Debt Based Securities (DBS) are somewhat of a new asset class which enable companies to raise money through debt offerings to individual investors, who in turn receive a predictable return and maturity date. Compared to cash investments, DBS offer higher returns, typically around 5-8% annually. As they often are asset-backed and provide a consistent income, DBS carry a lower risk than equity options, for example.
Breaking down the difference between DBS and P2P Loans
DBS offerings and P2P loans often get confused with each other. The comparison is inevitable, given their shared status as part of the Innovative Finance ISA (IF ISA) umbrella. However, they differ when one looks closely.
P2P loans are directly processed via an online platform, and have a term of usually 1-5 years until maturity. These loans usually generate a 3-10% return per annum, and tend to be higher if unsecured. That said, there of course is the risk that a given investee company will default, which is why diversified funds are usually a safer option.
DBS are essentially unlisted corporate bonds/loans with a larger term range than those of P2P, at 1-20 years. Most often, these DBS offerings are used towards infrastructure projects or other tangible assets such as a pub. They differ from P2P loans specifically in that they are usually £1-5m per bond, with a mandatory approval from an FCA authorised platform. As a result, they have a larger barrier to entry in that investors are required to have more capital at hand compared to the very accessible P2P option.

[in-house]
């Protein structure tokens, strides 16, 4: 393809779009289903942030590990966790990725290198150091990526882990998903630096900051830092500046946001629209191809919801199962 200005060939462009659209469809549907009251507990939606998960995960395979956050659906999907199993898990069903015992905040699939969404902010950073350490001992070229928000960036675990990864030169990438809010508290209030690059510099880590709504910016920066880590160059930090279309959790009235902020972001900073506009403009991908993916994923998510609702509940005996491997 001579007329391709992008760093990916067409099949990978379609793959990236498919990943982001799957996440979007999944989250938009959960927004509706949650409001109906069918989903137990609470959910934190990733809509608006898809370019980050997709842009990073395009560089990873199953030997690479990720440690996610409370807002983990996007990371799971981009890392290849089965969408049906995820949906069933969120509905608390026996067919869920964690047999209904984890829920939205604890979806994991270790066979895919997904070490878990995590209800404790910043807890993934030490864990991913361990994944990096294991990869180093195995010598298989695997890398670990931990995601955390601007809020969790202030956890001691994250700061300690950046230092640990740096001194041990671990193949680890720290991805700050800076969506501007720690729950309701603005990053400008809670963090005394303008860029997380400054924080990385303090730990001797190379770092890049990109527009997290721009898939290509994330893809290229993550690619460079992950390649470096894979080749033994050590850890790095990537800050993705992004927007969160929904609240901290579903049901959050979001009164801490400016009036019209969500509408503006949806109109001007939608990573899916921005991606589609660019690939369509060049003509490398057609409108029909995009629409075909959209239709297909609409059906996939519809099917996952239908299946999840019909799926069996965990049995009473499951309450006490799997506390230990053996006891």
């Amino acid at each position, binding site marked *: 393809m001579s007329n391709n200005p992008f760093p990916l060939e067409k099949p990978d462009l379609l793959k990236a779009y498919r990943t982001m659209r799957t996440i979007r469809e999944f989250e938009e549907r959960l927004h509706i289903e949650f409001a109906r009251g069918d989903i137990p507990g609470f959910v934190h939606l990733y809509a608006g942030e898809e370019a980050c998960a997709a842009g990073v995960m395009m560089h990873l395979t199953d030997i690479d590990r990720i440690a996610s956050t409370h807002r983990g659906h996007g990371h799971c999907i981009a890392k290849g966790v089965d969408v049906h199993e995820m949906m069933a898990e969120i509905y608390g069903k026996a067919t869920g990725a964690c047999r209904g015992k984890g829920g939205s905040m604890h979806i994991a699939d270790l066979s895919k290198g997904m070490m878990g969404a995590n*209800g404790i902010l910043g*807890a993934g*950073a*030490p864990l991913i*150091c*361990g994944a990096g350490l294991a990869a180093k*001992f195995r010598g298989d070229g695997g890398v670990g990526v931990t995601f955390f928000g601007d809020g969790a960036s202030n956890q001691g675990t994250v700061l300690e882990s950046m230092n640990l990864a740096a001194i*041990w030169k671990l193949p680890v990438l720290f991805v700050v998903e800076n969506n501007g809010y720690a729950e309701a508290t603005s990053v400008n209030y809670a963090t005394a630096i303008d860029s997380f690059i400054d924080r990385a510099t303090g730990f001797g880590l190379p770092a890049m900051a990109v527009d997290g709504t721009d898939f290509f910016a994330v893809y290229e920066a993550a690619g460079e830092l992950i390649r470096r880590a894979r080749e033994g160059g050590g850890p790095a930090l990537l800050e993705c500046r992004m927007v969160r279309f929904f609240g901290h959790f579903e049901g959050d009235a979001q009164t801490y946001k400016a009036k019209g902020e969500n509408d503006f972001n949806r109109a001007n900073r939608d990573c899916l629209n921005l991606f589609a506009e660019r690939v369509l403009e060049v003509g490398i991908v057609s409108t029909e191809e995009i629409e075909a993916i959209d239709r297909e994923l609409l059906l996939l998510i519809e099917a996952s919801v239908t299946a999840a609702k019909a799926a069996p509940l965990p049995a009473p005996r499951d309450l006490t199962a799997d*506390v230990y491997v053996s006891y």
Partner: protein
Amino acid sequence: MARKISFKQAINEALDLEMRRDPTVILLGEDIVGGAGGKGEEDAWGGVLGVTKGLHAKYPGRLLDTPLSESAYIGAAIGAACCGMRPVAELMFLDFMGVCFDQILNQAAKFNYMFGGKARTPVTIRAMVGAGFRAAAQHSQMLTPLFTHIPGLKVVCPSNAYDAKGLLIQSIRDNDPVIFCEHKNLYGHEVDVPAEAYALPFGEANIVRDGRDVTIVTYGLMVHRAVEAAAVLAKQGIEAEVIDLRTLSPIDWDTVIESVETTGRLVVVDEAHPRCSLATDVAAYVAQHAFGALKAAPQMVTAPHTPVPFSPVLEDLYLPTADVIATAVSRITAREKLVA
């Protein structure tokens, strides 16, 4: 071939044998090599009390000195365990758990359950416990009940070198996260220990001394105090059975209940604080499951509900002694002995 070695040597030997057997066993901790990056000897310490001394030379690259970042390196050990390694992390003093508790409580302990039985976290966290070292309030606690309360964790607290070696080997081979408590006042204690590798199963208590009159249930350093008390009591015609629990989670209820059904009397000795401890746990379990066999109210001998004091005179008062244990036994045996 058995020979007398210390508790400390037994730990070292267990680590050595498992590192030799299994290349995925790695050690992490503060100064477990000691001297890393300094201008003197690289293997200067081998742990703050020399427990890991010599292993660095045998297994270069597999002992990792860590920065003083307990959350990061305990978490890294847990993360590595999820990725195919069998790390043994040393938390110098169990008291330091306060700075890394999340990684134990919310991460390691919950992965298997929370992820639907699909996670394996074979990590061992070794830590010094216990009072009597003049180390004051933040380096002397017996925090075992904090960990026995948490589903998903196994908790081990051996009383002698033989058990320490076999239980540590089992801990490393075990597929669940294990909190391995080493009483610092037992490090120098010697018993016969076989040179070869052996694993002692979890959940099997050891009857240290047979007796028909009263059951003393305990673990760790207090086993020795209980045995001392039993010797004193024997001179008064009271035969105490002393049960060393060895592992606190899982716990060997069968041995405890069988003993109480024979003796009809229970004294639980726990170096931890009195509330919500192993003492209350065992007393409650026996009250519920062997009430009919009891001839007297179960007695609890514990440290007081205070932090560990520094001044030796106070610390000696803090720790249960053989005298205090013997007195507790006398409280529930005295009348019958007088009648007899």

Tax advantages of DBS
DBS instruments are now included as part of IF ISAs. These savings accounts were launched in 2016 to provide new ways of financing SMEs, infrastructure projects, and an alternative to institutional financiers such as banks. Under the new rules enacted by HMRC, DBS returns of up to 6% annually can now be completely tax free under the IF ISA umbrella. Investors can put up to £20,000 per annum into an IF ISA.
The alternative investment space as a whole is undergoing significant transformation. According to FTAdviser, the industry is predicted to be worth over £12bn by 2020, and has been increasingly popular since the financial crisis of 2008. As time goes on, it seems that alternative finance options such as DBS are increasingly becoming popular among investors and financial advisers alike.
Learn more about the IF ISA
To learn more about the IF ISA and the investments that can be held within the wrapper, download our free Adviser’s Guide to the Innovative Finance ISA. You will also find details of how you can receive a complimentary hard copy.